Velofabrik’s state of mind is clear when you enter the place. Located in a big warehouse – a few steps from the Annensens metro station – the workshop is luminous, and calm. And considering the small amount of bikes, we quickly understand that we’re not in an industrial scale production for this cooperative company with limited liability and with social objectives.
When we arrived, we met Kim – Velofabrik’s mechanic since last October – who presents us his work. He puts together the different pieces of a bike entirely built here, in the heart of the Belgian capital, and following a very strict design brief. Indeed, this brief take into account the physical characteristics of the client (height and weight), but also the technical details requested during the order (number of gears, colour, type of wheel etc.), the majority of the components coming from Europe.
From 60 to 80% of the pieces come from Europe
This is what makes Velofabrik special, and they’ll soon be celebrating their two-year anniversary. This cooperative society has decided to base its production on essentially European pieces. This is what Jean-Philippe Gerkens – one of the founder of the society – affirms to us. “According to the bike, 60 to 80% of the pieces are bought to European companies”. Thus, the bike frames come from Czech Republic, the peddling mechanism from Portugal, and the seats from England or Italy. This presents two perks: the system supports European jobs and it guarantees a high-quality bike.
However, Jean-Philippe explained that some components come from Asia “due to the price or to the quality”. Among these are the tyres, coming from Indonesia. And some of the components can only be found in Asia, in China, in Taiwan or in Japan.
But the assembly line is only in Brussels, in Velofabrik’s workshop. Each bike corresponds to an individual order, which specifically fits the client. That’s why there’s always a meeting with the cyclist before the order is made to know in what condition the bike will be used. As Jean-Philippe confides us, in this workshop we build “bikes à la carte”.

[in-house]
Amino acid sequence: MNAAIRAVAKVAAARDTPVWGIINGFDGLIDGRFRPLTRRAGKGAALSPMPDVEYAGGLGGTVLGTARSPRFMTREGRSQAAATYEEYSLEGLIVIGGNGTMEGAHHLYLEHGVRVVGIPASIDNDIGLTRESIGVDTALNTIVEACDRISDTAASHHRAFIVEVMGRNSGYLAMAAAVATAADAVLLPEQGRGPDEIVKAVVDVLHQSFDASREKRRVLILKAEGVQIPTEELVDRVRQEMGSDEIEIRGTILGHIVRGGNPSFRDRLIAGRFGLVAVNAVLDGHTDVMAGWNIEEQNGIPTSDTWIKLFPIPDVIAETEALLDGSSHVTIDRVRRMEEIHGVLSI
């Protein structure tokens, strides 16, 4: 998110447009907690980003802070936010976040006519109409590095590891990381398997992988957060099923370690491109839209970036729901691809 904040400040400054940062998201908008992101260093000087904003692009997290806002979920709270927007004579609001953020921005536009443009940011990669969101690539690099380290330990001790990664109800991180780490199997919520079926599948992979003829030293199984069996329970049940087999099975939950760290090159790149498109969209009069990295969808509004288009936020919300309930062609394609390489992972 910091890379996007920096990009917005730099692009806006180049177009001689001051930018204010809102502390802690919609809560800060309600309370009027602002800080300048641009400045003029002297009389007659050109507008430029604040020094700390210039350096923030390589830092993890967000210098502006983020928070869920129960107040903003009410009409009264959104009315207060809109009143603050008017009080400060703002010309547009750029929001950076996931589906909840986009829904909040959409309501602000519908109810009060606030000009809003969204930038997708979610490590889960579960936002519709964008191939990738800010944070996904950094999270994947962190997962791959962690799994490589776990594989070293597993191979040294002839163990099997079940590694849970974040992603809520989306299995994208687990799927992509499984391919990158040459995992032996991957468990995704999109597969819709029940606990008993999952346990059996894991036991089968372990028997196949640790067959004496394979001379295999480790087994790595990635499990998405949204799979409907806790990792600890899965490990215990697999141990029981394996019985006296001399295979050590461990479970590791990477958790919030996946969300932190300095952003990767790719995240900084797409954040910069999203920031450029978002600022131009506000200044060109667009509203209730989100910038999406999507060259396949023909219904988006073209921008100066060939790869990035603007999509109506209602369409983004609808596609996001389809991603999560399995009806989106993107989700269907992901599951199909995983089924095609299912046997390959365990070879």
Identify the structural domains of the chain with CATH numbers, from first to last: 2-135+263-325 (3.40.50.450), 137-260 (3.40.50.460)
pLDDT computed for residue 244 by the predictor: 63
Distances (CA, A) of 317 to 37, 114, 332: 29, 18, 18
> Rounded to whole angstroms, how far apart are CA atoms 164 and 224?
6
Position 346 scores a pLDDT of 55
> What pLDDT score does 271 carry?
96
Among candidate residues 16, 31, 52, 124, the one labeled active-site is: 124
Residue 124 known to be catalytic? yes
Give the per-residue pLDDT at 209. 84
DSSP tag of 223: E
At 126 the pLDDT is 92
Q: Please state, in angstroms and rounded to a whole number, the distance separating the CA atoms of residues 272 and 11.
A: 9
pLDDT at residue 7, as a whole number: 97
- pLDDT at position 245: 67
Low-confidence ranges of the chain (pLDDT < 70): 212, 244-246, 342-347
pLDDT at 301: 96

If the selling price, from 650 to 800€, can seem a bit expensive, the founder considers that the bike will be “as cheap as a bike bought in a large sporting goods store after a few years. Perhaps the expenses are a bit higher at the beginning, but the bike is solid and cost-effective. It’s a bike for life”.
The co-operators are cycling enthusiast
Another one of Velofabrik specificity lays in its judicial status. Being a cooperative society with social objectives, its aims is not just commercial or lucrative. It must fit some criterions. Around 170 co-operators contribute to the development of the company, and among them “only 5% of the shareholders are interested in the dividend they can get from their investment. The others are cycling enthusiast, and have hopes for the future of bikes in Brussels.” Jean-Philippe tells us.
But this peculiarity is also sine qua non to the judicial status of the company. Being social, the investors cannot be compensated beyond 6%, which in theory, excludes people only here for profits.
It also allows a healthy development for the society, which is gaining fame in Brussels. Launched in 2014, Velofabrik produced 70 bikes in 2015 and is looking to produce around 200 this year, and up to 400 in 2017. Although, one mechanic is employed on a three-quarter time basis, Jean-Philippe would like to hire other peoples in the years to come; for the mechanics as well as for the logistics and the administrative and commercial management.
However, in spite of its expansion, the company is still not making profits and holds a small capital of 120,000€. “For the launch, we got the help from many volunteers. My wife puts 20 hours of her spare time in the society, completely free of charge” the founder explains.
Funding Masters degrees and PhD scholarships
But beyond manufacturing bikes, it is about defending a certain view on public transports policy. “We wish to develop Brussels’ mobility and take a step into the development of a policy on bike mobility. In the future, we would like to sustain the development of the network of neighbourhoods’ workshops” Jean-Philippe says.
He also declared that the administration needs experts dedicated to the issue of cycling, and Velofabrik wishes to be implied in concrete projects.
Jean-Philippe has specific idea regarding a reflexion on bikes in Brussels. “We would like to invest in an academic fund for research on bikes, whether it be engineering, urbanism, marketing of biosciences” he says. It would be about supporting students in Masters degrees or PhD to research on the issue, with the help of “scholarships that we would fund, in co-operation with universities funds and private partners”.
We can rely on this cooperative society to develop an alternative mobility in Brussels, but in the whole of Belgium.